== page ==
Posts Tagged ‘taxes’

The National Bank of PokerStarzistan?

IRS says report your online bankroll as a foreign money account

by , Feb 24, 2009 | 8:33 am

With banking matters all over the place these days, the IRS reportedly investigating Russ Hamilton, and Barney Frank putting together a bill that would simply strike down the UIGEA as if it never happened, I gotta think, well … I really don’t know what to think. Though it seems major shifts are happening, global-economic finance is admittedly a little beyond my ken. But I’m trying to figure it out, and so far I’ve concluded that banks are clearly important, and anyone who handles the transfer of billions of imaginary dollars has major issues to attend to.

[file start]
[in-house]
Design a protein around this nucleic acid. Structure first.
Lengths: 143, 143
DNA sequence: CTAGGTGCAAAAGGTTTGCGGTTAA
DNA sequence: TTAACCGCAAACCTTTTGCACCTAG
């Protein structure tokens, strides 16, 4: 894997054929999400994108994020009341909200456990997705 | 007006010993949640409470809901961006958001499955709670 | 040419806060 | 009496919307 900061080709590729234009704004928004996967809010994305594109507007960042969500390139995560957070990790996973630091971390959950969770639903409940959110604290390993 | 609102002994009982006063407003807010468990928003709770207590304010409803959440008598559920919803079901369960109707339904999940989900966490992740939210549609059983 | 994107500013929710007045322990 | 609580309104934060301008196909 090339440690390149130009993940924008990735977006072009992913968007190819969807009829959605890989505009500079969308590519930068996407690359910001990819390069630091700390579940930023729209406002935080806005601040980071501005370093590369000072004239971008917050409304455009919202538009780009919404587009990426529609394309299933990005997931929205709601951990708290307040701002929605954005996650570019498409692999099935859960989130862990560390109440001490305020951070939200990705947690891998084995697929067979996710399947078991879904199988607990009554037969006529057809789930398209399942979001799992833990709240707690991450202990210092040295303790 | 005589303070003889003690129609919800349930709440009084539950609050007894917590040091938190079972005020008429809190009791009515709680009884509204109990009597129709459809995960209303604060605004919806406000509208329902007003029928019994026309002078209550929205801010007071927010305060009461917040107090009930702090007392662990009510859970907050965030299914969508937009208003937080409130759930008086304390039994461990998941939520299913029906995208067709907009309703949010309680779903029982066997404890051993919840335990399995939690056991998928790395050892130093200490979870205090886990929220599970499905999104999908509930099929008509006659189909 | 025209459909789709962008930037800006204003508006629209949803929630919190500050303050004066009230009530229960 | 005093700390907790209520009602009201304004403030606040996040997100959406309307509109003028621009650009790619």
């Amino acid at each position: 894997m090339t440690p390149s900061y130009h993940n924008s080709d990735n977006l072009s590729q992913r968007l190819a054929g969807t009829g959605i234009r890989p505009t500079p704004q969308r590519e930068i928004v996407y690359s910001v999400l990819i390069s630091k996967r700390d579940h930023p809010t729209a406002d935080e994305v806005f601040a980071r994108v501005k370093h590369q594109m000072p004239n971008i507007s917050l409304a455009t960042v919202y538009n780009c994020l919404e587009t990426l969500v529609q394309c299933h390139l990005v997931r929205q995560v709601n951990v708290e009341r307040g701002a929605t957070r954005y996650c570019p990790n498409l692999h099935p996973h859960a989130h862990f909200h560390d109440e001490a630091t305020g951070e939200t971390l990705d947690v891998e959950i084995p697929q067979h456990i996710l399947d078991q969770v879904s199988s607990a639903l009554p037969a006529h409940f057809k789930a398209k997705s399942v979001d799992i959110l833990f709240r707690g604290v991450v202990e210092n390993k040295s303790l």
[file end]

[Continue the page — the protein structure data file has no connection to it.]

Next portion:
Brilliant, I know.

And actually, not even billions … just $10,000 or more. Apparently a new IRS rule has gone into effect that requires online poker players to treat their online accounts — PokerStars, Full Tilt, et al. — as offshore foreign bank accounts.

Yeow, that’s different. Sources who were winning players online tell me nothing more than a WG-2 was necessary before. Again, I’m not really sure what that means (or what enforcement mechanisms are in place) but do I know this change theoretically affects lots and lots of people and probably at least a few billion dollars. If I’m reading this tax expert right, basically, if all your money in all your accounts added up to $10,000 or more at any point in 2008, you have to file a special form (TD F 90-22.1, which goes to the Dept. of the Treasury, not the IRS) for these accounts, and the fine for not doing so is either $100,000 or half your bankroll, whichever is greater.

That sounds pretty tough. But maybe this is just what comes with the territory as G-men set up a framework for how these online piggy banks, er, poker sites have to work in the future? No word yet on whether or not you’ll ever be able to pay your taxes in PokerStars W$/T$ or Lindens.


D’Amato on the Poker Front Lines

by , Feb 3, 2009 | 7:50 am